Thought Il Forno was going to the only vendor in the Brodhead Center to undergo renovations? Think again.
Il Forno—the Brodhead Center’s resident Italian option—underwent major renovations this summer over the course of five weeks. Robert Coffey, executive director of dining services, said at Wednesday's Duke University Student Dining Advisory Committee meeting that he expects more similar changes in the future.
“The next two locations we’re [going to renovate] are Sprout and the Farmstead. Anything can be organic and sustainable if we prepare it in a different way, but absolutely nothing’s in stone,” Coffey said. “We haven’t even put pen to paper.”
Coffey noted that the reimagined Sprout would sell more fresh produce, especially fruit, while the new Farmstead would provide healthier meals to differentiate it from The Skillet and J.B.’s Roast and Chops, which offer richer options.
Although DUSDAC has considered upgrading Ginger + Soy, the architecture of its space—a long, thin room against the side of the buildings—presents additional logistical obstacles.
Ideally, Coffey said, all of the designs would be finalized by Thanksgiving, with eight weeks of construction complete by the start of summer classes in 2020.
Coffey also indicated an interest in supporting a new Mediterranean enterprise on campus. Big Bowl, a Mediterranean pop-up restaurant, briefly occupied the Chef’s Kitchen space in the Brodhead Center last year.
A bubble tea store is planned for the Bryan Center, but it has been set on hold due to unprecedented flooding on the lower level of the Bryan Center, which closed the building temporarily over the summer.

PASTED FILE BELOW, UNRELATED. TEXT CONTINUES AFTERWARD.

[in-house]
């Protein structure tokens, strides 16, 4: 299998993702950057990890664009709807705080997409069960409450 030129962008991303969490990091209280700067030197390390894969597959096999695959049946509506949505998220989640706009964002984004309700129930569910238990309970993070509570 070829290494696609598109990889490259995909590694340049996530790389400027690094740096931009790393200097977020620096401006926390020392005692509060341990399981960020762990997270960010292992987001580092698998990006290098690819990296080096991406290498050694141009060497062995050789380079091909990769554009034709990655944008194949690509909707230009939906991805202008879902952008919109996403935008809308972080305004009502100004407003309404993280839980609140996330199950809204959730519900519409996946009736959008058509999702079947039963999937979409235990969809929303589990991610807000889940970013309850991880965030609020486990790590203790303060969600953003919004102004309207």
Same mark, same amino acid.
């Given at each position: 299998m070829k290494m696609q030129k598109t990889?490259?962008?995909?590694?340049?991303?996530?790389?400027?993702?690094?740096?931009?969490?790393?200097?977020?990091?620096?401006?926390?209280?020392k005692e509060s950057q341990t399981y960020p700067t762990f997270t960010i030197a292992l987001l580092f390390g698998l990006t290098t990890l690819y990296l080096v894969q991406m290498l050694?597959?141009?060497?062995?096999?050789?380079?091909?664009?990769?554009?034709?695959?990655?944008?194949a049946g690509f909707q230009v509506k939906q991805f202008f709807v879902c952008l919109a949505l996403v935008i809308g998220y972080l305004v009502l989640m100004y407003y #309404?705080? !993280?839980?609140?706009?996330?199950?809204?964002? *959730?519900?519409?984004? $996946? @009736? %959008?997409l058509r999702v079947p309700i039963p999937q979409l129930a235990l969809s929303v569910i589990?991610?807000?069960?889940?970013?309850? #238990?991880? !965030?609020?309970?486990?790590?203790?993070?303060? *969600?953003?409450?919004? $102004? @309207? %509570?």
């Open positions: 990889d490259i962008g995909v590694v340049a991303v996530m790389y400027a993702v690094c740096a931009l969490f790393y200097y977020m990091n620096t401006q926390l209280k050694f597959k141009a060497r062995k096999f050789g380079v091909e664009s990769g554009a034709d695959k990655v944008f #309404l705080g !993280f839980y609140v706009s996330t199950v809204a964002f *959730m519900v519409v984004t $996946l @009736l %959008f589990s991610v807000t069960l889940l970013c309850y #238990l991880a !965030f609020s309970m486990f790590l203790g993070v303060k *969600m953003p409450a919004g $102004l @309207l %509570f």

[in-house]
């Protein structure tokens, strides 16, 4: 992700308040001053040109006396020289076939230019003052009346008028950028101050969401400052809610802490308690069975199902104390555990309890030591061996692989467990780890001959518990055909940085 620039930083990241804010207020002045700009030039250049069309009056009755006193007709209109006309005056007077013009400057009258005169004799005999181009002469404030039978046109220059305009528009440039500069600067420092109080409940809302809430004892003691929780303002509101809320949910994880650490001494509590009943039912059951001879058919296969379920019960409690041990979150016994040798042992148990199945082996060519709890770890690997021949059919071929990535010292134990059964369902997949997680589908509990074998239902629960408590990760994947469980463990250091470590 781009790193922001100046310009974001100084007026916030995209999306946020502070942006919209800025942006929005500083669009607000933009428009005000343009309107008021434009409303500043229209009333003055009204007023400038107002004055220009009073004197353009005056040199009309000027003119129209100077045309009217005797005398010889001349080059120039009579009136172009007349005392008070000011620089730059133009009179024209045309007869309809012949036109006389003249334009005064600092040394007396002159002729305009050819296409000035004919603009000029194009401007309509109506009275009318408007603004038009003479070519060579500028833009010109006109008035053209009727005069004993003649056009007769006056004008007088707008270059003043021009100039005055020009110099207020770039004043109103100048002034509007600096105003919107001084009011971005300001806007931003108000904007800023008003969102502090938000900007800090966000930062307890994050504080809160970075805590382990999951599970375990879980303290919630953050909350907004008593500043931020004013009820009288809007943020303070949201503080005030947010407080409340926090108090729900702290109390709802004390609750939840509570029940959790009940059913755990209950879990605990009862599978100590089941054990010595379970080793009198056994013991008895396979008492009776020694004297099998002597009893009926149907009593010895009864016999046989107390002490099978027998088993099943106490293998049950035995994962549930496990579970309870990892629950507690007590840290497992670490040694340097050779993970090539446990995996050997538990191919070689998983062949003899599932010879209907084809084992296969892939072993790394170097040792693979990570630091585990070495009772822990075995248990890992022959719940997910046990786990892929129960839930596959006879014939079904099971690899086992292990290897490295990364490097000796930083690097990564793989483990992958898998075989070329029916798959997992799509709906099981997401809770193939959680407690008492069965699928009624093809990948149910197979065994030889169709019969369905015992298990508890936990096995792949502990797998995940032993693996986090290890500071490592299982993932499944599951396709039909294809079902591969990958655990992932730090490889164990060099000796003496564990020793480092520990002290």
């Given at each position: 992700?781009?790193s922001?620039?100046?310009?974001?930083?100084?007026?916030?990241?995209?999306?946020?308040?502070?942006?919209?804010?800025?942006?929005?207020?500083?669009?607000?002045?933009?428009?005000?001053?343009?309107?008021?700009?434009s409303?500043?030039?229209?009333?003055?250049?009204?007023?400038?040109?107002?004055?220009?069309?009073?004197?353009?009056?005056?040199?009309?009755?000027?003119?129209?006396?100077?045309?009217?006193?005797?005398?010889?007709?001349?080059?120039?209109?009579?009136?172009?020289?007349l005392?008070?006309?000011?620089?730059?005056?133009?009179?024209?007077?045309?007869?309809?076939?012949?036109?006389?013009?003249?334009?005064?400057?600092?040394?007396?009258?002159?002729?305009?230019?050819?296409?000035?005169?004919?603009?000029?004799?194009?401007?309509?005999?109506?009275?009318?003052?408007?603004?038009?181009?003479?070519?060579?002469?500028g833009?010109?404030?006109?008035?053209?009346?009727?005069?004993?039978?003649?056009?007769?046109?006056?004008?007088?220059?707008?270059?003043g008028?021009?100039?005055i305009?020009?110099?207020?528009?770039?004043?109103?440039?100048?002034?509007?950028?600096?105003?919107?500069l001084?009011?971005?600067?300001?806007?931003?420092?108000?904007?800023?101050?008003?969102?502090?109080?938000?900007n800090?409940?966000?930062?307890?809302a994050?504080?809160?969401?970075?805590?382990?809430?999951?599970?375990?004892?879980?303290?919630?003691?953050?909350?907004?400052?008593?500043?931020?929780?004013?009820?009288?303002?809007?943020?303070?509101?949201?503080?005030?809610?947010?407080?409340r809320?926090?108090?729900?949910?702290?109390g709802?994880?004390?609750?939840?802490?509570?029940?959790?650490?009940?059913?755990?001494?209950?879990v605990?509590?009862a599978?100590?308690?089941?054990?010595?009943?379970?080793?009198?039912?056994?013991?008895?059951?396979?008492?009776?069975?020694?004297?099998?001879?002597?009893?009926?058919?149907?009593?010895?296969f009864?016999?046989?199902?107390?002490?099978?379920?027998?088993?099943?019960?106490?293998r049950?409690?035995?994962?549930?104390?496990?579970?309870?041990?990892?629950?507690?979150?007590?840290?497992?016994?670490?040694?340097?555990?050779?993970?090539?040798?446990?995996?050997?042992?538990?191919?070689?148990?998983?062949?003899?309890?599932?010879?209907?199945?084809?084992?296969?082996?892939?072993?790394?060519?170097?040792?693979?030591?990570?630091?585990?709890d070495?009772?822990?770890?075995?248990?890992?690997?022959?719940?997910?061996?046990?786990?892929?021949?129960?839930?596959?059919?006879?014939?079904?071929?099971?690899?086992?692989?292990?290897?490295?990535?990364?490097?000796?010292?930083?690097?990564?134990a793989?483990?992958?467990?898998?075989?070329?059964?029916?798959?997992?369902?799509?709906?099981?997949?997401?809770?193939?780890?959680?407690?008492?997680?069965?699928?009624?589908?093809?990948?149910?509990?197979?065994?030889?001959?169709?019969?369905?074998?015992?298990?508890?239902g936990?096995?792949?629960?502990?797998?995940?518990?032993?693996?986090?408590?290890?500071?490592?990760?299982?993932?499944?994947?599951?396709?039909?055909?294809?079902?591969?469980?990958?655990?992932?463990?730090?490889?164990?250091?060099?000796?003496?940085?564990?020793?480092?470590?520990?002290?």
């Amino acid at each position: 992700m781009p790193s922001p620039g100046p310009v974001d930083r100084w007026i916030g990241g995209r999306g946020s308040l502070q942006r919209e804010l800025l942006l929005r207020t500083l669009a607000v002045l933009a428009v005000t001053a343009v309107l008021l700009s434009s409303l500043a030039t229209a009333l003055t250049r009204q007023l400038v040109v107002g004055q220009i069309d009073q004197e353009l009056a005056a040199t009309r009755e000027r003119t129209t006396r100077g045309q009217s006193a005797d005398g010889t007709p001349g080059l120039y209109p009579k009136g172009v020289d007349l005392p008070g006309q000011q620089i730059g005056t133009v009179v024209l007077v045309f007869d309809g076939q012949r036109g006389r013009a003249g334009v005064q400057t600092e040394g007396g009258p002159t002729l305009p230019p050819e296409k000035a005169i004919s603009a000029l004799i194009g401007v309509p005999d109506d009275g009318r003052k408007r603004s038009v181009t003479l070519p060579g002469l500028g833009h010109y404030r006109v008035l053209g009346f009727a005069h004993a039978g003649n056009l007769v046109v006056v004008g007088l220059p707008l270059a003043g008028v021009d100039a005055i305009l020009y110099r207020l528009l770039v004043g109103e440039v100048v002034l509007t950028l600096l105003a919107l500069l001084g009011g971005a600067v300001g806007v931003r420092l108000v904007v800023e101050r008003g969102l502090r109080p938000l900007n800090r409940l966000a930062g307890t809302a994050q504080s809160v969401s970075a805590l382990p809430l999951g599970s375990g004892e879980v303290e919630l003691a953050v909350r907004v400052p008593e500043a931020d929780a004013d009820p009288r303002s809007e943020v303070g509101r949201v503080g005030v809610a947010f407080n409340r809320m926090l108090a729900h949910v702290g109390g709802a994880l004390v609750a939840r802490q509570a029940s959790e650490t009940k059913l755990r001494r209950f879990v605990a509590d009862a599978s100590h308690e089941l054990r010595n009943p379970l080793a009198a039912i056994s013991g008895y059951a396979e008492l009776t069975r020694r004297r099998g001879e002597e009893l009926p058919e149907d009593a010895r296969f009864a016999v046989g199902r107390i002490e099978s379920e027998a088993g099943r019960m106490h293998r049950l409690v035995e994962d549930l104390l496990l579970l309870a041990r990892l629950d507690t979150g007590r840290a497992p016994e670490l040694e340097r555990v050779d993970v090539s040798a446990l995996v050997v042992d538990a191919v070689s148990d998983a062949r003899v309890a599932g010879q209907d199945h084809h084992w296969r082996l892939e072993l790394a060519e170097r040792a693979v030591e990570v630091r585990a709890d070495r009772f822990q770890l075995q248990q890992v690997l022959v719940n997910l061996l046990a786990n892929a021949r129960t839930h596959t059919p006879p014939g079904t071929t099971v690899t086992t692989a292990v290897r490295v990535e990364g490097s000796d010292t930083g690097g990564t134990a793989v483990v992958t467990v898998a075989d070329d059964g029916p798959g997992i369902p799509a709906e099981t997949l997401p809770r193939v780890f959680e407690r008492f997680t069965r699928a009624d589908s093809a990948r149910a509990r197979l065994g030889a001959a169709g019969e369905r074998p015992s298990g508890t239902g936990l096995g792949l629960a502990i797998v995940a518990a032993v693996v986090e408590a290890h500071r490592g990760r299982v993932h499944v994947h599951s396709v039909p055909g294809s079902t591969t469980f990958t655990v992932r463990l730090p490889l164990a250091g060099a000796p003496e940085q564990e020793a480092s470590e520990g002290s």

In other business:
DUSDAC is hosting an event at Penn Pavilion Sept. 13 to encourage participation in the Merchants on Points program, which allows students to use food points at off-campus sites for delivery.
Thrive’s move from Central Campus to the 300 Swift apartment building has been a major success, Coffey said. He estimated that the new location, which sells toiletries and common appliances in addition to snacks and food, serves more than 250 students per day.
With 700 additional students living on West Campus compared to the previous academic year, lines for most food vendors, including those in the Brodhead Center, have apparently grown.
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Considering ways to combat the rush, DUSDAC discussed a new layout for the Brodhead Center’s seating arrangements.
DUSDAC also addressed student complaints that on-campus restaurants either consistently run out of food or close early. They discussed allegations that Sazón recently ran out of meat at 7:30 p.m., a full half-hour before its posted closing time for the night.
“Our ultimate goal is to give the first and last customer the same experience,” Coffey said, promising to investigate the allegations.